[Show abstract] [Hide abstract]
    ABSTRACT: To confirm a reported association between elevated serum albumin concentrations and reduced risk of death in middle-aged white men and to determine whether such associations exist for CHD incidence in white men and CHD and death in white women and black men and women, data were examined from the NHANES I Epidemiologic Follow-up Study. Over a follow-up period of 9 to 16 years, serum albumin concentrations of 4.5 gm/dl or more were associated with reduced risk of CHD incidence in white men aged 45 to 64 years (RR = 0.51; 95% CL = 0.36, 0.73) and in white women aged 45 to 74 years (RR = 0.70; 95% CL = 0.55, 0.88), independent of baseline risk factors. Independent reductions in risk of death from all causes, cardiovascular diseases, and noncardiovascular diseases were also seen in white men and women. Relative risk of death from all causes at ages 45 to 74 years in the white population was 0.73 (95% CL = 0.62, 0.85) for men and 0.71 (95% CL = 0.59, 0.85) for women. Similar reductions in risk of death from all causes and cardiovascular diseases were seen in black men and women, despite the small numbers. Further studies are needed to confirm these findings for women and black persons and to elucidate mechanisms for the effect of serum albumin.
    American Heart Journal 03/1992; 123(2):507-13. · 4.50 Impact Factor
  • [Show abstract] [Hide abstract]
    ABSTRACT: The relationship between cholesterol and 14-year incidence of coronary heart disease was compared for men and women of two age groups, 25 to 64 years and 65 to 74 years. While cholesterol levels of 6.2 mmol/L or higher were associated with a risk of coronary heart disease in the younger group, this was not true for either men or women aged 65 to 74. Further analyses for older persons showed that weight loss modified the cholesterol-heart disease relationship. Those with stable weight showed a positive relationship between cholesterol and coronary heart disease, similar to the younger age group (relative risk [RR] = 1.8 [95% confidence interval: 1.1, 2.9] for men; RR = 1.6 [.7, 3.4] for women). Among those with a weight loss of 10% or more, the relationship of cholesterol to heart disease was inverse (RR = .8 [.5, 1.2] for men; RR = .6 [.3, 1.0] for women). These data suggest that the relationship of cholesterol to coronary disease in healthier older persons may be similar to that in younger persons, and that health status should be considered in analyses of cholesterol risk in old age.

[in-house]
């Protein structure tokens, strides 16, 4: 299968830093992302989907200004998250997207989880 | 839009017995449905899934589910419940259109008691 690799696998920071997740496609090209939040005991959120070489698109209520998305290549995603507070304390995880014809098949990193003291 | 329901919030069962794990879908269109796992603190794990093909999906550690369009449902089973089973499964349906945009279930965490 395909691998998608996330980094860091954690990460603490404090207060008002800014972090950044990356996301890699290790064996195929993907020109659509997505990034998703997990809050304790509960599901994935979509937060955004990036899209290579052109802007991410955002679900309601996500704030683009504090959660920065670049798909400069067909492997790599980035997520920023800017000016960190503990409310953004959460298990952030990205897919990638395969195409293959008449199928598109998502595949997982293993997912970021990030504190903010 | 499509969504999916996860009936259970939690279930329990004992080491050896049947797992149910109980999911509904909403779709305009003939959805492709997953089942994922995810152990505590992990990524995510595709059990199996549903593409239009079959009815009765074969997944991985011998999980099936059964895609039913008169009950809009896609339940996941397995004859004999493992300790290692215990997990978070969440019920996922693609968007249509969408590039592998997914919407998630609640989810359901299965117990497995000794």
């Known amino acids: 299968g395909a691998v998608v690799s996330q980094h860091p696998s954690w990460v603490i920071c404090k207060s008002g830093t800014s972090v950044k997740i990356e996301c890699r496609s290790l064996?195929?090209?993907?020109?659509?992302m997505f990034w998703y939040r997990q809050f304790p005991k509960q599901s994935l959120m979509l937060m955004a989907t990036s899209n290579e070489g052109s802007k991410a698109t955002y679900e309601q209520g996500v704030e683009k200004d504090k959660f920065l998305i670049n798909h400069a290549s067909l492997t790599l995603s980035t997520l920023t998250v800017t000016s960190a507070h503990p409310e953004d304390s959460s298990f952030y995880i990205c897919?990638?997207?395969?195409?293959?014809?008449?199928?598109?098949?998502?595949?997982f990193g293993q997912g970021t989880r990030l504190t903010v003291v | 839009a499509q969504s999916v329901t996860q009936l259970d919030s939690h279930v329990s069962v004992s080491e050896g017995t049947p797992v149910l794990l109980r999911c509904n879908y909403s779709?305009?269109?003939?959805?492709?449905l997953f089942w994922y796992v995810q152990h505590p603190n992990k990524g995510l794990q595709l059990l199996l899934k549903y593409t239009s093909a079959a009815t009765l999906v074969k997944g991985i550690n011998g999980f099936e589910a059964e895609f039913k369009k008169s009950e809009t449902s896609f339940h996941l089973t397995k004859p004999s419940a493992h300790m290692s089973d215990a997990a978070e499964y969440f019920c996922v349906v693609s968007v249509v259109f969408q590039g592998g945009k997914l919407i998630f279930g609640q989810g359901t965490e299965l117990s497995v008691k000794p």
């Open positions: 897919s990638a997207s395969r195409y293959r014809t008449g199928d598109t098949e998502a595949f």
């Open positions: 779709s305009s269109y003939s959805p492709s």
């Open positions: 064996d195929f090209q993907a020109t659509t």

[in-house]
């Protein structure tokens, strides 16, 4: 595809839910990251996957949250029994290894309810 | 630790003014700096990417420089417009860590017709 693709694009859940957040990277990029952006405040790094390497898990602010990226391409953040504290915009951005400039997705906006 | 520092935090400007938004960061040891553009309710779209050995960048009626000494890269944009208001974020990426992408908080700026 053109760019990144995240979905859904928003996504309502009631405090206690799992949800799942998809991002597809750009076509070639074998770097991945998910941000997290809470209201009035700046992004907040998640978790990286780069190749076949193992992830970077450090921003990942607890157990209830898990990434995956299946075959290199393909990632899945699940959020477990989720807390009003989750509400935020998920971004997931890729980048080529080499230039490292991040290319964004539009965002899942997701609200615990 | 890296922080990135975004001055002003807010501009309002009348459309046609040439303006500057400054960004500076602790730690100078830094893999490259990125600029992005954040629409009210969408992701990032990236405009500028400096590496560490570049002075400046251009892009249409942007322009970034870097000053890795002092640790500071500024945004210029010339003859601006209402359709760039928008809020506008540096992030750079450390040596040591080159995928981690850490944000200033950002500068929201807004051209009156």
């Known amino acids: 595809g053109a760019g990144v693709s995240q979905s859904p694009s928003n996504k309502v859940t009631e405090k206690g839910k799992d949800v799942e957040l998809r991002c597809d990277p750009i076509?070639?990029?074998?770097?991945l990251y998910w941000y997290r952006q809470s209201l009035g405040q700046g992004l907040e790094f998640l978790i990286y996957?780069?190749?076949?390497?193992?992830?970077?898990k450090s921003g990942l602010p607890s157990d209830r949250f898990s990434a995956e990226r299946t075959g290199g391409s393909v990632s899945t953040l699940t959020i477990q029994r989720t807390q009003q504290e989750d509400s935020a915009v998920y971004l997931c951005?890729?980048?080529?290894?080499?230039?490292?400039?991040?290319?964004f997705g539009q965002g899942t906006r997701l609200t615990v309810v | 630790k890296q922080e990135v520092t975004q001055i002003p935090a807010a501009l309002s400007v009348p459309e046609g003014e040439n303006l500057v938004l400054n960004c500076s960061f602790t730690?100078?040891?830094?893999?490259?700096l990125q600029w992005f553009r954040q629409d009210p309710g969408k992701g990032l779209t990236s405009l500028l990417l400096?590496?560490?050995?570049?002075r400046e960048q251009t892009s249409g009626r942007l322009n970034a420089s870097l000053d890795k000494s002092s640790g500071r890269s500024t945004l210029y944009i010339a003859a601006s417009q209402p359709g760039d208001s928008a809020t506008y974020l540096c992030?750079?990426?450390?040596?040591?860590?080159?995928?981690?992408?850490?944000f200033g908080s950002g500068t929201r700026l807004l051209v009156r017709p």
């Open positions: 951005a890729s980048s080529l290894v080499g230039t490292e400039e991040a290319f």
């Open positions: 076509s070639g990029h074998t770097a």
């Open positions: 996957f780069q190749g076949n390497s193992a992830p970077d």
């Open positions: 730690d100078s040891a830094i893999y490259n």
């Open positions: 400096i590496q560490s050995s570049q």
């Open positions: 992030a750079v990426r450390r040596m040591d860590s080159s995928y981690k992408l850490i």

Annals of Epidemiology 01/1992; 2(1-2):35-41. · 2.48 Impact Factor
  • [Show abstract] [Hide abstract]
    ABSTRACT: The objectives of this report are to document methods used to identify health service areas for the United States and to describe and evaluate these areas. A health service area is defined as one or more counties that are relatively self-contained with respect to the provision of routine hospital care. Service areas that include more than one county are characterized by travel between the counties for routine hospital care.
    Vital and health statistics. Series 2, Data evaluation and methods research 12/1991;
  • [Show abstract] [Hide abstract]